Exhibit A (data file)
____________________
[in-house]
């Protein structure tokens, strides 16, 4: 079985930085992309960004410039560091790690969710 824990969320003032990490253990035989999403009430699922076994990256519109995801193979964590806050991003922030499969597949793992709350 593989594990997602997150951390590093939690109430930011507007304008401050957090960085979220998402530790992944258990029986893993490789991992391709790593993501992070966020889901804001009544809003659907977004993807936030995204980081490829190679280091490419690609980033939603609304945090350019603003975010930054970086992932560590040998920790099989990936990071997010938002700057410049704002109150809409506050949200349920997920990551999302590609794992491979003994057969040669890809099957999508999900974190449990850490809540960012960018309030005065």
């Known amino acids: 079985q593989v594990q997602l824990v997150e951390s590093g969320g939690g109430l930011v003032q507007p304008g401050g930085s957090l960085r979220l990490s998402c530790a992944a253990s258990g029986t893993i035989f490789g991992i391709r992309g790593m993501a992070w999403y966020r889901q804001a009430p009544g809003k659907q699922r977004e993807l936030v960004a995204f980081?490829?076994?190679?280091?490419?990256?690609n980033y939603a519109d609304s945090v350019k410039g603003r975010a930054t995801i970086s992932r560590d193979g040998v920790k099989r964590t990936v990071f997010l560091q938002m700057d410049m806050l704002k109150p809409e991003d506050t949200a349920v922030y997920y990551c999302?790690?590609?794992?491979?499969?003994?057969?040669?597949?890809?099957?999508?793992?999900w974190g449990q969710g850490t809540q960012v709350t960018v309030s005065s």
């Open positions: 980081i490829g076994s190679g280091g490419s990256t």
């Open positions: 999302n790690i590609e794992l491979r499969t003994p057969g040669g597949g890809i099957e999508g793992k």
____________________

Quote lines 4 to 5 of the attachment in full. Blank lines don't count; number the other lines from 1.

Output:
């Open positions: 980081i490829g076994s190679g280091g490419s990256t």
């Open positions: 999302n790690i590609e794992l491979r499969t003994p057969g040669g597949g890809i099957e999508g793992k």